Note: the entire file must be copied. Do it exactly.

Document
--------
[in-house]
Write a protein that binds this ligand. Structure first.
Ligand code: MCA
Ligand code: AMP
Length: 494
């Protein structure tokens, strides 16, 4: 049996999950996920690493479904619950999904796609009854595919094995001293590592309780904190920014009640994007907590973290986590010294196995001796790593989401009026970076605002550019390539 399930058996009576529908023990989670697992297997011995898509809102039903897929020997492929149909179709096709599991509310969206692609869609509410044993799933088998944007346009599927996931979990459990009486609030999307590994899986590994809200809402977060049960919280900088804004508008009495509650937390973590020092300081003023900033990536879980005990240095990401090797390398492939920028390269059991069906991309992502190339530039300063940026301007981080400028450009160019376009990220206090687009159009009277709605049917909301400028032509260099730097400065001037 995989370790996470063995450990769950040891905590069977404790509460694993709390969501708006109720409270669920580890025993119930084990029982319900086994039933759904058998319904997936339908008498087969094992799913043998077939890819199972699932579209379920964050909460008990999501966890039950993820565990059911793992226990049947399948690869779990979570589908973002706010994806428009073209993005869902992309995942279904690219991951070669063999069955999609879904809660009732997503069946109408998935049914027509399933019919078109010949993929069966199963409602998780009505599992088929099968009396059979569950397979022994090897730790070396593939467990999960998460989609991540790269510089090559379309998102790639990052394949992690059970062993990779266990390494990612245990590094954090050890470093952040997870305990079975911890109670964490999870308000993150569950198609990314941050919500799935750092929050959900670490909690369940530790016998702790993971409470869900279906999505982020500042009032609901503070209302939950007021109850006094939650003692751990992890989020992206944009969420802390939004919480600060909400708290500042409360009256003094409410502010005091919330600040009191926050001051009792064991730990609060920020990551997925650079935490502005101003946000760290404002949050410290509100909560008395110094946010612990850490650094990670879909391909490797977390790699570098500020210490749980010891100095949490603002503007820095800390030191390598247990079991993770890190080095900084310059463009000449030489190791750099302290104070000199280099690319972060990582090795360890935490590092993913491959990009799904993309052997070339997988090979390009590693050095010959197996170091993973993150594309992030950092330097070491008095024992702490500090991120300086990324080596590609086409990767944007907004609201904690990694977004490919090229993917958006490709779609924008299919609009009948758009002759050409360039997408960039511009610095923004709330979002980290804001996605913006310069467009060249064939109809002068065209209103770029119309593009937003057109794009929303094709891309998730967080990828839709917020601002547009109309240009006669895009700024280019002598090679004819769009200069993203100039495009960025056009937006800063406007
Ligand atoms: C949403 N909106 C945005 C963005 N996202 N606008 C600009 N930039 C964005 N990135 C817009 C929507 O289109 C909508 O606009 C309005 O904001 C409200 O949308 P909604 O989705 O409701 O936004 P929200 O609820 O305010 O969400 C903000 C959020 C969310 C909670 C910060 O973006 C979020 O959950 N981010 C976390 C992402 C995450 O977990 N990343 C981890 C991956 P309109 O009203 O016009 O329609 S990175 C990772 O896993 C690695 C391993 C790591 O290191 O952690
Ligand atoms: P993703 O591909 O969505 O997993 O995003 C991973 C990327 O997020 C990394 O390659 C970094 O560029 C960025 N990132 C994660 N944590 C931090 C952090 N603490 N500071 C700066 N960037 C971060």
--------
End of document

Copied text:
[in-house]
Write a protein that binds this ligand. Structure first.
Ligand code: MCA
Ligand code: AMP
Length: 494
């Protein structure tokens, strides 16, 4: 049996999950996920690493479904619950999904796609009854595919094995001293590592309780904190920014009640994007907590973290986590010294196995001796790593989401009026970076605002550019390539 399930058996009576529908023990989670697992297997011995898509809102039903897929020997492929149909179709096709599991509310969206692609869609509410044993799933088998944007346009599927996931979990459990009486609030999307590994899986590994809200809402977060049960919280900088804004508008009495509650937390973590020092300081003023900033990536879980005990240095990401090797390398492939920028390269059991069906991309992502190339530039300063940026301007981080400028450009160019376009990220206090687009159009009277709605049917909301400028032509260099730097400065001037 995989370790996470063995450990769950040891905590069977404790509460694993709390969501708006109720409270669920580890025993119930084990029982319900086994039933759904058998319904997936339908008498087969094992799913043998077939890819199972699932579209379920964050909460008990999501966890039950993820565990059911793992226990049947399948690869779990979570589908973002706010994806428009073209993005869902992309995942279904690219991951070669063999069955999609879904809660009732997503069946109408998935049914027509399933019919078109010949993929069966199963409602998780009505599992088929099968009396059979569950397979022994090897730790070396593939467990999960998460989609991540790269510089090559379309998102790639990052394949992690059970062993990779266990390494990612245990590094954090050890470093952040997870305990079975911890109670964490999870308000993150569950198609990314941050919500799935750092929050959900670490909690369940530790016998702790993971409470869900279906999505982020500042009032609901503070209302939950007021109850006094939650003692751990992890989020992206944009969420802390939004919480600060909400708290500042409360009256003094409410502010005091919330600040009191926050001051009792064991730990609060920020990551997925650079935490502005101003946000760290404002949050410290509100909560008395110094946010612990850490650094990670879909391909490797977390790699570098500020210490749980010891100095949490603002503007820095800390030191390598247990079991993770890190080095900084310059463009000449030489190791750099302290104070000199280099690319972060990582090795360890935490590092993913491959990009799904993309052997070339997988090979390009590693050095010959197996170091993973993150594309992030950092330097070491008095024992702490500090991120300086990324080596590609086409990767944007907004609201904690990694977004490919090229993917958006490709779609924008299919609009009948758009002759050409360039997408960039511009610095923004709330979002980290804001996605913006310069467009060249064939109809002068065209209103770029119309593009937003057109794009929303094709891309998730967080990828839709917020601002547009109309240009006669895009700024280019002598090679004819769009200069993203100039495009960025056009937006800063406007
Ligand atoms: C949403 N909106 C945005 C963005 N996202 N606008 C600009 N930039 C964005 N990135 C817009 C929507 O289109 C909508 O606009 C309005 O904001 C409200 O949308 P909604 O989705 O409701 O936004 P929200 O609820 O305010 O969400 C903000 C959020 C969310 C909670 C910060 O973006 C979020 O959950 N981010 C976390 C992402 C995450 O977990 N990343 C981890 C991956 P309109 O009203 O016009 O329609 S990175 C990772 O896993 C690695 C391993 C790591 O290191 O952690
Ligand atoms: P993703 O591909 O969505 O997993 O995003 C991973 C990327 O997020 C990394 O390659 C970094 O560029 C960025 N990132 C994660 N944590 C931090 C952090 N603490 N500071 C700066 N960037 C971060």